European venture capital firm Sofinnova Partners has raised €472m, equivalent to $548m, to invest in life sciences startups, the latest in a series of healthcare funds the firm has closed recently.

Sofinnova, based in Paris, London and Milan, raised this latest fund, Sofinnova Capital X, to invest in early-stage biotechnology and medical-device companies. In July, Sofinnova said it had raised a €63m pool to launch medical-technology startups, and in March, it disclosed a €445m crossover fund targeting later-stage companies.

Sofinnova prefers to raise separate funds for early- and later-stage investments so that it can be nimble and assemble teams with specific experience in backing startups or mature companies, said Graziano Seghezzi, a managing partner with the firm, which also invests in North America.

A decade ago, capital for European life sciences startups was harder to come by, but these days Sofinnova is finding that funding for its companies is more readily available, Seghezzi said. European biotech startups, for example, secured $3.66bn in venture capital in the first half of this year, approaching the $4.6bn raised in all of 2020, and topping the $3.13bn companies collected in all of 2019, according to Silicon Valley Bank.

Other European life sciences venture investors have raised new investment pools recently, including Paris-based Jeito Capital, which said in September that it had raised €534m for its first fund.

Sofinnova’s team has seen several portfolio companies go public or be acquired recently. They include US biotech company Corvidia Therapeutics, a developer of a drug designed to reduce cardiovascular risks in chronic kidney-disease patients who have atherosclerotic cardiovascular disease and inflammation. Danish healthcare company Novo Nordisk acquired Corvidia last year for $725m cash, plus additional success-based payments that could raise the total to $2.1bn.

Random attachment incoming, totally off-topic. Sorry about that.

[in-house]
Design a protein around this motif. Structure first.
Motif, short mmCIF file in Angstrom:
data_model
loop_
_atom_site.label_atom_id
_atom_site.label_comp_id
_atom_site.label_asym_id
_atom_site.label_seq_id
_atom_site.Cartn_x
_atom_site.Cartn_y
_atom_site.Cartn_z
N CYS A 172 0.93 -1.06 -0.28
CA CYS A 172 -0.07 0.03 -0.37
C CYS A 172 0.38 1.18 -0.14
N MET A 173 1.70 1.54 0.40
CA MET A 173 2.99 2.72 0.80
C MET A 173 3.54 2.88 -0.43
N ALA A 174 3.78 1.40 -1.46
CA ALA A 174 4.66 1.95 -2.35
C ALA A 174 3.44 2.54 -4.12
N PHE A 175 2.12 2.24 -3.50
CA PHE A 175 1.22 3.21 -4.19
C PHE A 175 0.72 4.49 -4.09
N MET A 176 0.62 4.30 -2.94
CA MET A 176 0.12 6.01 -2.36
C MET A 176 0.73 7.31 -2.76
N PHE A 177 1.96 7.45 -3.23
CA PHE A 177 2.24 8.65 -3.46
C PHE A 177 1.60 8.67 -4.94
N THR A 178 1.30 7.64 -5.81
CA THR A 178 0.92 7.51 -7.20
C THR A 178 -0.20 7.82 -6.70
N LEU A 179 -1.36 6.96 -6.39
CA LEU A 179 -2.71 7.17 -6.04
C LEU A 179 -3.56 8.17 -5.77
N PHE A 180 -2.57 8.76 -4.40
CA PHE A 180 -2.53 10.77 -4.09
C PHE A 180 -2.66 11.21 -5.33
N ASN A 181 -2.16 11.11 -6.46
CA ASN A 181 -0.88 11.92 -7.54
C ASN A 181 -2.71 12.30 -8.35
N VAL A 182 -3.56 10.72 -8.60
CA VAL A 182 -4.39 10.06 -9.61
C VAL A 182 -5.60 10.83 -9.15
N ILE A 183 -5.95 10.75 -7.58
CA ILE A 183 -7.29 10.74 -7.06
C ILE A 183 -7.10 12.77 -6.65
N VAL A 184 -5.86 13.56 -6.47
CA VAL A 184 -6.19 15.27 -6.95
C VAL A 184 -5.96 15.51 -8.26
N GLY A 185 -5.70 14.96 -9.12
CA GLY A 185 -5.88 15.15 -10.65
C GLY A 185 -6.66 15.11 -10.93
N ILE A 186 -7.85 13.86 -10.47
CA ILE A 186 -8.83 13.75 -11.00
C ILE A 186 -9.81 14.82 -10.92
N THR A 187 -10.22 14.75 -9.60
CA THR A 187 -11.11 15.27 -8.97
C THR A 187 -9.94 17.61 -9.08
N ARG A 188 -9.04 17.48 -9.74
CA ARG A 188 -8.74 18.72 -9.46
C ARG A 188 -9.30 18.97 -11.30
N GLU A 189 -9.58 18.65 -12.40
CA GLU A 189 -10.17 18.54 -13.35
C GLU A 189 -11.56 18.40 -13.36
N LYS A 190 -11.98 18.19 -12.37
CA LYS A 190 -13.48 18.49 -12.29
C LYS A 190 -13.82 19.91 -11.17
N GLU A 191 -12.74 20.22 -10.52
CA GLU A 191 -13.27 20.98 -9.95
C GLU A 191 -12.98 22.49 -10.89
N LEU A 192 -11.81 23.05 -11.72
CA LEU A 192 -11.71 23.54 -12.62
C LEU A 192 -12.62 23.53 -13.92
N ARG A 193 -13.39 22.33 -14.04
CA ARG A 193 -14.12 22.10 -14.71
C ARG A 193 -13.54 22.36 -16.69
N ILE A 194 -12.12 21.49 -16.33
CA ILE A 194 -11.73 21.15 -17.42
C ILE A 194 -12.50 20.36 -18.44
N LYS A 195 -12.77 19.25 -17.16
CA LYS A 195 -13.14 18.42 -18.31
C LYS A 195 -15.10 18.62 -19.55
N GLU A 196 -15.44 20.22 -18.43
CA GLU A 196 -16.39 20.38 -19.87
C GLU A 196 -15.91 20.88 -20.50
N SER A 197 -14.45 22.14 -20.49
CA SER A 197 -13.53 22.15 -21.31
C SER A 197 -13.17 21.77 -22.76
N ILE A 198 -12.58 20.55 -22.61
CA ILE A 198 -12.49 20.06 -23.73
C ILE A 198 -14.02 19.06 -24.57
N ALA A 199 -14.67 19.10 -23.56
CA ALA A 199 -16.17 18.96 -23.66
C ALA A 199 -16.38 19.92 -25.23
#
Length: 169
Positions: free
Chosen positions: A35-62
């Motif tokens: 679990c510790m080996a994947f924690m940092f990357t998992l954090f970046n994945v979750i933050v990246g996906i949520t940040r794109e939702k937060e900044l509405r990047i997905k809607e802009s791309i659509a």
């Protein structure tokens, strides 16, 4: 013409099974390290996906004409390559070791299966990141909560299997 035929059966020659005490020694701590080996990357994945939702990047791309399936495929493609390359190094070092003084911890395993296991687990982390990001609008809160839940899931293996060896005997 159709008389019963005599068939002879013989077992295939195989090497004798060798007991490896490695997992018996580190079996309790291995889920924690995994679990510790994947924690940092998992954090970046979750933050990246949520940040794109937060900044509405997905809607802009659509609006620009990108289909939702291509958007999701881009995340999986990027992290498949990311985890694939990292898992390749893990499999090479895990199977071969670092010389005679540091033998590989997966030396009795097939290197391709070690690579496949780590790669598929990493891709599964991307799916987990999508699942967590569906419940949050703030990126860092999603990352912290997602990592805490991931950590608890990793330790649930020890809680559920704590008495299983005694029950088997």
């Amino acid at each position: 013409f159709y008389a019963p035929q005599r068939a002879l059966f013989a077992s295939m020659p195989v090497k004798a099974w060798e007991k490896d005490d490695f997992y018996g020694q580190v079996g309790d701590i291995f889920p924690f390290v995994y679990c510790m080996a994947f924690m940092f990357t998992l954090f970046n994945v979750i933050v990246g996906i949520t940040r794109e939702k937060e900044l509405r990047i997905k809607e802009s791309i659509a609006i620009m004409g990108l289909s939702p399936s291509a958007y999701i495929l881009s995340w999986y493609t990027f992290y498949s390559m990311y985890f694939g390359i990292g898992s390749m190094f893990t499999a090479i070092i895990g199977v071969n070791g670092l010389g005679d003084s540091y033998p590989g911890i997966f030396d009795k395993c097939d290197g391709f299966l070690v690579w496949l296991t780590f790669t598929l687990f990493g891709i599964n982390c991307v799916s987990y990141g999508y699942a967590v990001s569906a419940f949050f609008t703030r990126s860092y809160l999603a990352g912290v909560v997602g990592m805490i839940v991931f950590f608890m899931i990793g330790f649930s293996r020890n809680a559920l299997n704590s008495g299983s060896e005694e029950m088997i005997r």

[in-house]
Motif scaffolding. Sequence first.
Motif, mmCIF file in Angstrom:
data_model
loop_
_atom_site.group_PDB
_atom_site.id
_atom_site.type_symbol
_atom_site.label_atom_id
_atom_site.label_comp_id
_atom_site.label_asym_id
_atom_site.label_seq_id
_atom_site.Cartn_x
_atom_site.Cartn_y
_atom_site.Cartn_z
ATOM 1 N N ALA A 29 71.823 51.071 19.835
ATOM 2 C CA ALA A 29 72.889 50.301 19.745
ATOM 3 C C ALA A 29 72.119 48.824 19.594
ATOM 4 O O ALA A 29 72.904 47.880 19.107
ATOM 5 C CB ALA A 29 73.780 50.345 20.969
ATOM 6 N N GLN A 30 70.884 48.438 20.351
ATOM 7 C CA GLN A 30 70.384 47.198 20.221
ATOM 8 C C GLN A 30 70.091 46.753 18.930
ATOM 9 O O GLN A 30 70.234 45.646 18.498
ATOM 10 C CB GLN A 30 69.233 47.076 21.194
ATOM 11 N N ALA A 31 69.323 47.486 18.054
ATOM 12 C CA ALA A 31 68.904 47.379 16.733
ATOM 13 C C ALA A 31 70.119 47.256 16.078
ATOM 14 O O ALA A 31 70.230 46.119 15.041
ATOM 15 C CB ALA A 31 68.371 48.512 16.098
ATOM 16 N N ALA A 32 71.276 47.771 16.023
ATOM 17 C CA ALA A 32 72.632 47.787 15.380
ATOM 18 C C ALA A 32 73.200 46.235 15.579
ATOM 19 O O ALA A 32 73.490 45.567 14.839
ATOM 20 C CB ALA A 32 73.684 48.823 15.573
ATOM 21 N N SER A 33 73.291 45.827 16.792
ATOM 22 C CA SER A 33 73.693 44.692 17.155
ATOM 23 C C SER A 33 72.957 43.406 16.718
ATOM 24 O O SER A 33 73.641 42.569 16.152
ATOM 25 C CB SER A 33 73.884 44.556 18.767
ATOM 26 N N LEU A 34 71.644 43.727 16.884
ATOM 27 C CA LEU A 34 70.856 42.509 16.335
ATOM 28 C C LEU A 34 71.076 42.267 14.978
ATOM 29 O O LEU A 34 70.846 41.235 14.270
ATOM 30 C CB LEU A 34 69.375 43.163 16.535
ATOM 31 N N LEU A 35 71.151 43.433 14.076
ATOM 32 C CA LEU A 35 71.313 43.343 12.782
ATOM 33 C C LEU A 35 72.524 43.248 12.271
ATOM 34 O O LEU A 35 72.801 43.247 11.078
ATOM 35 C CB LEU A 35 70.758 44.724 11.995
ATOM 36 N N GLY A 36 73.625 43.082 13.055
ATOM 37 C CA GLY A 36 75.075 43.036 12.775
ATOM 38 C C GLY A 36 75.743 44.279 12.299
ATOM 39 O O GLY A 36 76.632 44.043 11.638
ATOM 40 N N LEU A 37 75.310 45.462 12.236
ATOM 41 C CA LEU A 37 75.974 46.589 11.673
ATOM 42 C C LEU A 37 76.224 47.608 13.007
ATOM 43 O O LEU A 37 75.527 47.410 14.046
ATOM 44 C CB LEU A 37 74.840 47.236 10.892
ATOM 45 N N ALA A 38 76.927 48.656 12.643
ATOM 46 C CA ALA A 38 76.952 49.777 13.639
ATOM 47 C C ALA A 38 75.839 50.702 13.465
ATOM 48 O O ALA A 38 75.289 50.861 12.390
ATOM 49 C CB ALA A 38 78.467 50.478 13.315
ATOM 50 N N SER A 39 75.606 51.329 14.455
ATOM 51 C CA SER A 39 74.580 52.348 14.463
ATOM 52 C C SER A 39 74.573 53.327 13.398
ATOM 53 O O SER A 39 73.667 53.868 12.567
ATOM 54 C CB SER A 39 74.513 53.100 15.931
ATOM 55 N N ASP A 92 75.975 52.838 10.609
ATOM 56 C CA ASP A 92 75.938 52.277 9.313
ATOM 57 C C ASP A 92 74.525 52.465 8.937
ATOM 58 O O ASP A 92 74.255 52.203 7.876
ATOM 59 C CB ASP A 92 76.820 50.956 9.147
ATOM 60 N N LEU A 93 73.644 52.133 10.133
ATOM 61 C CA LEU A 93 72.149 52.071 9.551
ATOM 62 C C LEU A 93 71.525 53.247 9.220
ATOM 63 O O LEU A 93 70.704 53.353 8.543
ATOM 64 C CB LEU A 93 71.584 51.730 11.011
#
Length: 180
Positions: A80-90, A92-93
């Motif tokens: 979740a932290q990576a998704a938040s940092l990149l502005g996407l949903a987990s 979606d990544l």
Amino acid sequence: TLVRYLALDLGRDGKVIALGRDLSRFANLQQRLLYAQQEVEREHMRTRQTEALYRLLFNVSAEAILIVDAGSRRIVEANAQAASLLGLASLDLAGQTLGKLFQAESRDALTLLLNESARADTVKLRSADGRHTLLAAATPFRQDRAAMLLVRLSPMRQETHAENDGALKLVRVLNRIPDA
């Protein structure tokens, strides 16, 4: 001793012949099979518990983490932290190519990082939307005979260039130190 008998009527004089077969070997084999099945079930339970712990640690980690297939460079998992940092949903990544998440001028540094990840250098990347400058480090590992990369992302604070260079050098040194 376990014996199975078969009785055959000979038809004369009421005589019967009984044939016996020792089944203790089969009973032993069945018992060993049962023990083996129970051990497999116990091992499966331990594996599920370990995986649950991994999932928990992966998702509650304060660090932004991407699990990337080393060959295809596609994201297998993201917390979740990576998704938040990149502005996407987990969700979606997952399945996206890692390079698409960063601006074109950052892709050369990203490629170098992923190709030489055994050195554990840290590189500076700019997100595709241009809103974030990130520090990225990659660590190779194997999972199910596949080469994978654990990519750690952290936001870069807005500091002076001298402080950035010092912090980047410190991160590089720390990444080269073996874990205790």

Sofinnova, founded in 1972, drew upon an established base of investors and added some new backers while rounding up this new early-stage fund. It began raising the fund six months ago and closed it in September, Seghezzi said. Sofinnova beat its fundraising goal of €350m and, through an agreement with the fund’s limited partners, also exceeded the upper limit of €450m it originally set for the pool, Seghezzi said.

Sofinnova plans to invest the new fund in 12 to 15 companies, with three-quarters of the deals in biotech, he said. Two themes it has been targeting are gene therapy, which uses a therapeutic gene to treat a disease, and cell therapy, in which living cells are used as disease treatments.

In early 2020, for example, Sofinnova provided €16m in Series A financing to Genespire, a Milan-based company developing gene therapies for genetic diseases, including inherited metabolic disorders.

Late last year, Sofinnova teamed up with Lightstone Ventures to lead a $42m Series A investment in Catamaran Bio, a Massachusetts-based startup devising cellular immunotherapies with potential to treat solid tumours and other cancers.